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If Proposition 23 passes, will other greenhouse-gas laws fall?

California's 2008 law to limit greenhouse-gas emissions is seen as Gov. Arnold Schwarzenegger's biggest achievement. If it is undone by Proposition 23, other similar laws could follow, experts say.

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That has happened three times since 1980. The current unemployment rate is a record 11.7 percent.

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Within the state, the vote is considered a litmus test of Governor Schwarzenegger’s tenure. He was ushered in as “the people’s governor” by special recall election in 2003, and AB 32 is considered his biggest achievement to date. Now, a vote to suspend AB 32 could erase his legacy with an ironic twist, say analysts.

“The major question is, will the voice of the people who brought this man in through direct democracy be the same one that overrules his major policy triumph?” asks Thad Kousser, a political scientist at University of California, San Diego. “If California backs away from this global warming solutions act for economic reasons, will other states and countries back away from it as well?”

Support waning?

With three weeks to go until the vote, Prop. 23 appears to be losing support in the polls. The most recent California Field Poll shows 45 percent of voters oppose the proposition, 34 support it, and 21 percent are undecided. As of Oct. 15, opponents of Prop. 23 had raised more than twice as much money (a reported $19.6 million) as supporters.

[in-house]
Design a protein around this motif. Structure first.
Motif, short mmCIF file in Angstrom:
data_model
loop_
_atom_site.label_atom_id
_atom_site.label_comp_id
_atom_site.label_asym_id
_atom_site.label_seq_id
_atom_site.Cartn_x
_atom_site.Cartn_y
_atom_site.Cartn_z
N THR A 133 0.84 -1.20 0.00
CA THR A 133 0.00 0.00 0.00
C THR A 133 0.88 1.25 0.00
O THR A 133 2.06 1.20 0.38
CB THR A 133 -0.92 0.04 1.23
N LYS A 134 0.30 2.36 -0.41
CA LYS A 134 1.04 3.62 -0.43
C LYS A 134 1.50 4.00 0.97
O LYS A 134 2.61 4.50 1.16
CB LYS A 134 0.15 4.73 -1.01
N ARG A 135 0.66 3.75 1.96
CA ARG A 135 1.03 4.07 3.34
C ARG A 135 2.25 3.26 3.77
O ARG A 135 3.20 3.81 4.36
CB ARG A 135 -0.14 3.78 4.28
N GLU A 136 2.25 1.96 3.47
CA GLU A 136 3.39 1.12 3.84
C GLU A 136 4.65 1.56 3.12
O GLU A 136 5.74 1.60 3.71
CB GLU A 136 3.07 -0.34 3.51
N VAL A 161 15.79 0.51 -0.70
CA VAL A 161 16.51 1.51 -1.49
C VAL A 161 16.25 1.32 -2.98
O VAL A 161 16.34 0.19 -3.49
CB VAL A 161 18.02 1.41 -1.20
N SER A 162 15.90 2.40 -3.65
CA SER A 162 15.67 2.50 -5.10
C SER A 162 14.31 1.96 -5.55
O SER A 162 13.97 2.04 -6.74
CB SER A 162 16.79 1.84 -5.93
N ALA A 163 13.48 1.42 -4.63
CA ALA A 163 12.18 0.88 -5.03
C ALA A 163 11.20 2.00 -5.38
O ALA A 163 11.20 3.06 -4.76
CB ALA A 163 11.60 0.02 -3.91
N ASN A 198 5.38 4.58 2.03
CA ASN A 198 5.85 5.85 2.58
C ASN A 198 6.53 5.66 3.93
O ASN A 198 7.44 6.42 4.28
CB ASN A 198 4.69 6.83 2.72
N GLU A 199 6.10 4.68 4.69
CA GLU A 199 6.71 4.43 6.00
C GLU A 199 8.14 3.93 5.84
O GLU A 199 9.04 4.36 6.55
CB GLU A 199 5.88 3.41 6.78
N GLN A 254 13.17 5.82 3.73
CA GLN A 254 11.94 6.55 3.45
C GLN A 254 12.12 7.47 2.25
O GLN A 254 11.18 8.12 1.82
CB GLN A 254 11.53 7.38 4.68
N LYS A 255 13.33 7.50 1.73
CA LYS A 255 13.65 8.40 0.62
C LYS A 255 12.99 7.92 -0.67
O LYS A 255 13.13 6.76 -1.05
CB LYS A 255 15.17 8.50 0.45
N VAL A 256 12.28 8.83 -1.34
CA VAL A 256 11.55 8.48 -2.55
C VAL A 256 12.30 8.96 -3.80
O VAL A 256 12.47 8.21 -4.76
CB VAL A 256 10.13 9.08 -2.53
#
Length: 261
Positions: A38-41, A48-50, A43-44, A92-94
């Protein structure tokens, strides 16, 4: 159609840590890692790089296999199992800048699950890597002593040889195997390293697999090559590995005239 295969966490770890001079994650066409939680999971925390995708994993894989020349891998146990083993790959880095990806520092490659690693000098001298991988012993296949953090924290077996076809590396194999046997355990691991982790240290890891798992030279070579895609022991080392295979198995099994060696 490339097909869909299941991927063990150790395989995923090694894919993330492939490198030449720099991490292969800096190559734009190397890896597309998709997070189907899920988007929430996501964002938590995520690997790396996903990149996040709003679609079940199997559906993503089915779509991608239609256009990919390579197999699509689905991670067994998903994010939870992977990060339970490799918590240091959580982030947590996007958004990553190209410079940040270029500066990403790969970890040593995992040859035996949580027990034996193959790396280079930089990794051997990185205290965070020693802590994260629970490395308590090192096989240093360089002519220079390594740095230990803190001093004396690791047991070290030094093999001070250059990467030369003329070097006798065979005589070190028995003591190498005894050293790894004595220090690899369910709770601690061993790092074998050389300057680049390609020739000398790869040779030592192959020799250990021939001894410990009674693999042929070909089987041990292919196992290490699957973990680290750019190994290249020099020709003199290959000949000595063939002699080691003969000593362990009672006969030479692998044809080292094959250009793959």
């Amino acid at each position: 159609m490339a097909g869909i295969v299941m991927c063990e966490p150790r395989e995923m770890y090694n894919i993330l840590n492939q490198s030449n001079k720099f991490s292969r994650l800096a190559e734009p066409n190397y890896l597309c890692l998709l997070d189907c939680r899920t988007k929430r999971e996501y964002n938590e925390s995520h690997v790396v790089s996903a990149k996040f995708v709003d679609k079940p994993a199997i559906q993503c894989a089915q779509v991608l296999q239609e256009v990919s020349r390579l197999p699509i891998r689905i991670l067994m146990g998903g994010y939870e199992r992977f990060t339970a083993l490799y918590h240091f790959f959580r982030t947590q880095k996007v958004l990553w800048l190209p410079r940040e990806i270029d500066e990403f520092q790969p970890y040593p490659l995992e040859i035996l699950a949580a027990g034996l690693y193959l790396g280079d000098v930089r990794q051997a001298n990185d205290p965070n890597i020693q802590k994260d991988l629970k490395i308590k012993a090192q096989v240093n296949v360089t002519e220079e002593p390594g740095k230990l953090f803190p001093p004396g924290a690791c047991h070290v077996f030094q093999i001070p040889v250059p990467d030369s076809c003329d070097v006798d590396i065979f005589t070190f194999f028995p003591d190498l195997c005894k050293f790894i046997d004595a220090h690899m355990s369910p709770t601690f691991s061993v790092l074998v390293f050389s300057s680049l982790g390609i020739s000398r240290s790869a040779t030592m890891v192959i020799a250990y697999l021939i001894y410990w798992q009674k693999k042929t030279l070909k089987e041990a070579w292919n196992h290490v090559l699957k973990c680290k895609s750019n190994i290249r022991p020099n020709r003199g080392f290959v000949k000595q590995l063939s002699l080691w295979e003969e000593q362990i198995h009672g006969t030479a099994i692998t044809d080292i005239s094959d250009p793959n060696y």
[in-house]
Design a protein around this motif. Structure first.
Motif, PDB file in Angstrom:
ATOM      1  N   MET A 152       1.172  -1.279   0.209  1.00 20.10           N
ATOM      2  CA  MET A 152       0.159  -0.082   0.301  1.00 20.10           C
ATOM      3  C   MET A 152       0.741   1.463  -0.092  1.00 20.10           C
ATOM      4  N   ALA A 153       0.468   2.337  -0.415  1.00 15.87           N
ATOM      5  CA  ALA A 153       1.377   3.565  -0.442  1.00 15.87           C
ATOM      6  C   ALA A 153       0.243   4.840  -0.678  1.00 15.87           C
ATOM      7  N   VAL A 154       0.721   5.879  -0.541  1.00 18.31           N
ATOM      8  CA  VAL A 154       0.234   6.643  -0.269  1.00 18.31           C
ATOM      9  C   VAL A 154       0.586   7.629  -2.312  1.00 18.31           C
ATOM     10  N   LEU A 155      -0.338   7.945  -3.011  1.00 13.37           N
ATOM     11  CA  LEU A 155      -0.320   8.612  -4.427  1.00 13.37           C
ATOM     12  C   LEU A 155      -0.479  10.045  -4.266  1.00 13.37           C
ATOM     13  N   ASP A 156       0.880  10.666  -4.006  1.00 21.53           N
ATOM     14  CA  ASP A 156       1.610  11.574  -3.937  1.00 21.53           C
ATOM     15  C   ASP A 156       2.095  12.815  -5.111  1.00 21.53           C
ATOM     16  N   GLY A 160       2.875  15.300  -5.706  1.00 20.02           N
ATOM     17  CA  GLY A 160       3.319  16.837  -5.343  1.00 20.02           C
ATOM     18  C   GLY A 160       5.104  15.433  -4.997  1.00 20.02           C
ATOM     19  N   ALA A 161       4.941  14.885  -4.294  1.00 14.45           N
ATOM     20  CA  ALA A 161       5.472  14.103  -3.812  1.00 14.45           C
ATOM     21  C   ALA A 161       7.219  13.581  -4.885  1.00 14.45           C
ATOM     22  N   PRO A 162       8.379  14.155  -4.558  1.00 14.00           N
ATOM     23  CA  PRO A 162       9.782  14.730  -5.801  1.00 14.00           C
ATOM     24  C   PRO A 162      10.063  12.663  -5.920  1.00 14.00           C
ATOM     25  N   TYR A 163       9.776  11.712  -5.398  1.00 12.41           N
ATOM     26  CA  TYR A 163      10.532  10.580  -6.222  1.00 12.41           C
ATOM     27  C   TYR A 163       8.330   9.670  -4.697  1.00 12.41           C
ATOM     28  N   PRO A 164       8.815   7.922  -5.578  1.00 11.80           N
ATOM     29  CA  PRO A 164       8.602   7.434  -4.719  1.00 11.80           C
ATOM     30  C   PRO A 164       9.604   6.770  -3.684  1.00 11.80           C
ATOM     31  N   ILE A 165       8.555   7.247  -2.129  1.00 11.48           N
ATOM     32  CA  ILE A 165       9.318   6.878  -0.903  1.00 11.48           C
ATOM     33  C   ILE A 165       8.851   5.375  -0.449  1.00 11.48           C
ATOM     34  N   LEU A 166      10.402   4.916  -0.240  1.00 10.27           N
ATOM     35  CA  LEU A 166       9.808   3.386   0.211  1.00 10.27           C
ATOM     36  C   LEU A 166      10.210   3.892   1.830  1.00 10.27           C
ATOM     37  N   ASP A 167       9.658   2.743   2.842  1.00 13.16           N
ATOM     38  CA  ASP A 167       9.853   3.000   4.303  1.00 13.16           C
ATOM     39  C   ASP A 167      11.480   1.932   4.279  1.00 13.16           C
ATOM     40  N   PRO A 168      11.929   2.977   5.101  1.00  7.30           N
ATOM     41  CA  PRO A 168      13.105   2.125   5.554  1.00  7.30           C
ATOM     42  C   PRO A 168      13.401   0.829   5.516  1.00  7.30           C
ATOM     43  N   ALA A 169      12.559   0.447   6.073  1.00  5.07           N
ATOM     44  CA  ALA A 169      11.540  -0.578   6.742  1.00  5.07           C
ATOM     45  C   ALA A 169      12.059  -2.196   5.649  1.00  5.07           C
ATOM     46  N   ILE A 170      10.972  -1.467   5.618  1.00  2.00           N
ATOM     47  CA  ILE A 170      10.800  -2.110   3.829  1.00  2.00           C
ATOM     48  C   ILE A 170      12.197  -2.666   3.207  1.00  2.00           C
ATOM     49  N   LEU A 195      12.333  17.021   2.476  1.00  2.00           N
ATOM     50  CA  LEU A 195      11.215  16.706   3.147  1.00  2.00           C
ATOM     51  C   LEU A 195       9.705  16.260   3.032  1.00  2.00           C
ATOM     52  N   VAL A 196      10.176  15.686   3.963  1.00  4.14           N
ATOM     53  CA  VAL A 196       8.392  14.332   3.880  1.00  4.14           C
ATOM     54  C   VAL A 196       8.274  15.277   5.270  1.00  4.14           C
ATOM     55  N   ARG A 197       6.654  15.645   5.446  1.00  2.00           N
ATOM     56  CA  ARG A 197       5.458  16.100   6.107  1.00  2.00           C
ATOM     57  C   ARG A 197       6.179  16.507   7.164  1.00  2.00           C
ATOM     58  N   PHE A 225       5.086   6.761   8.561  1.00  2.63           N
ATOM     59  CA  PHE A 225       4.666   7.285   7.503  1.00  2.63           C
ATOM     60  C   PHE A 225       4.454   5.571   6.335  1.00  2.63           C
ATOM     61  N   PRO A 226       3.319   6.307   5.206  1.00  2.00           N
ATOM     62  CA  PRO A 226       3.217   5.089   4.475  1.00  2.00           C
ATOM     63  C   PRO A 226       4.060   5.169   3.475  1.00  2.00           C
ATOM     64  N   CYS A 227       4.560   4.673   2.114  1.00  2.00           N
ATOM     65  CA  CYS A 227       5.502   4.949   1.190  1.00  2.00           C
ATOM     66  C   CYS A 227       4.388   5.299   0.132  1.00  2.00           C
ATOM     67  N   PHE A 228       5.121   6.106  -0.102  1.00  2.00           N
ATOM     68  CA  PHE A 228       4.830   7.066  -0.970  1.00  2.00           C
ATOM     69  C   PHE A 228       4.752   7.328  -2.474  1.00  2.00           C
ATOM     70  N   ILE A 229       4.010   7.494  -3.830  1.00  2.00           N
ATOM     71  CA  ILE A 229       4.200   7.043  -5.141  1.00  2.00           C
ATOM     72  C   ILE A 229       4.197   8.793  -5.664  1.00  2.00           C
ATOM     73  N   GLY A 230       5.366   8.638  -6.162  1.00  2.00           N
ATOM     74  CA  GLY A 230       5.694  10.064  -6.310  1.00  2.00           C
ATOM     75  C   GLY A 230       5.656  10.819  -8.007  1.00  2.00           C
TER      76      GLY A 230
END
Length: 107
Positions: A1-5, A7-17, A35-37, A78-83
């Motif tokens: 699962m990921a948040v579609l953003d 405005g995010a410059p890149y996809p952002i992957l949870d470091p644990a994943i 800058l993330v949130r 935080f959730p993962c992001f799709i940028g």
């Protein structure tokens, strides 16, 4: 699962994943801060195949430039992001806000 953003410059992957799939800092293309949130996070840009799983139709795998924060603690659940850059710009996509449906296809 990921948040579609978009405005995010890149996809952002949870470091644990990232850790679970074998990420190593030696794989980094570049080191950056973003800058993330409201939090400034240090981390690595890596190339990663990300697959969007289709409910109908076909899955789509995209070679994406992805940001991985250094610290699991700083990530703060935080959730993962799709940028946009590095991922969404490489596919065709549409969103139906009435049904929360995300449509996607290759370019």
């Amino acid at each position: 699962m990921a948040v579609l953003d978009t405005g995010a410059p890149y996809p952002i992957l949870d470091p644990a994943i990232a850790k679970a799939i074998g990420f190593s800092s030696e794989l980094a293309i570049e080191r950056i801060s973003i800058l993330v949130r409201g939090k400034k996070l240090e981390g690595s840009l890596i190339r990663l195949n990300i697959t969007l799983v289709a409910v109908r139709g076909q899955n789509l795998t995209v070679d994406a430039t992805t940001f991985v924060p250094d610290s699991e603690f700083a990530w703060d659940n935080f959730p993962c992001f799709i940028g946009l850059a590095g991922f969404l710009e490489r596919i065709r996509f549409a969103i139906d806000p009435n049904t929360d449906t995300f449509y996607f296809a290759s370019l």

“I think Prop. 23 supporters have thrown in the towel,” says Robert Stern, president of the Center for Governmental Studies.

He says that in the spring, when Valero and Tesoro circulated the petition to qualify Prop. 23 for the ballot in the spring, the oil compnies could not have anticipated two things: the Gulf oil spill and the defeat here of a Pacific Gas & Electric initiative in June that would have made it harder for local government to get into the electricity business.

PG&E spent nearly $50 million on the "Yes" side, and there was practically no money spent against it, whereas Prop. 23 has major opposition both financially and politically.

In the propaganda wars over the issue, each side is trying to couch the vote in different terms. Supporters call it California Jobs Initiative, and opponents call it the Dirty Energy Proposition.

Uncertain consequences

As is often the case in California initiatives, the devil is in the details, analysts say. Beyond the broad brush strokes of what Prop. 23 is intended to do, the fine print is unclear, they add.

Lost in all the politicking is “the real and important question of whether AB 32 makes economic sense for the state,” says John Matsusaka, president of the Referendum and Initiative Institute at the University of Southern California in Los Angeles.

Not enough is known about the the long-term costs of AB 32's requirements, he adds, “and whether we could be on the verge of doing significant economic damage to the state."

[Editor's note: The original photo caption for this story incorrectly referred to what the state passed in 2008.]